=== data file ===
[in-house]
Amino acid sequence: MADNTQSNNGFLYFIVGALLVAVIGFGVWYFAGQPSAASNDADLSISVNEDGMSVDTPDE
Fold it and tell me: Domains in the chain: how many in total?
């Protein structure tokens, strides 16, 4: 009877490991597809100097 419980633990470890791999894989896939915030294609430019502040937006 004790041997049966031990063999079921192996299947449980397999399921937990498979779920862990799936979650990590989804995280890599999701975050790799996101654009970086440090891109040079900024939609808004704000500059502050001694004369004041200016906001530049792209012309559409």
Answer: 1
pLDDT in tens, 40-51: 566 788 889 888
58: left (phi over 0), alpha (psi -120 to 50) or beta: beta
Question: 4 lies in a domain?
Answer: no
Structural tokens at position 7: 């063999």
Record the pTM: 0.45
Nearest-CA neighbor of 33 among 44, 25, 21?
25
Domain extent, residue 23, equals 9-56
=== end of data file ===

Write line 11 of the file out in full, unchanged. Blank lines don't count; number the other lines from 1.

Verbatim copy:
Record the pTM: 0.45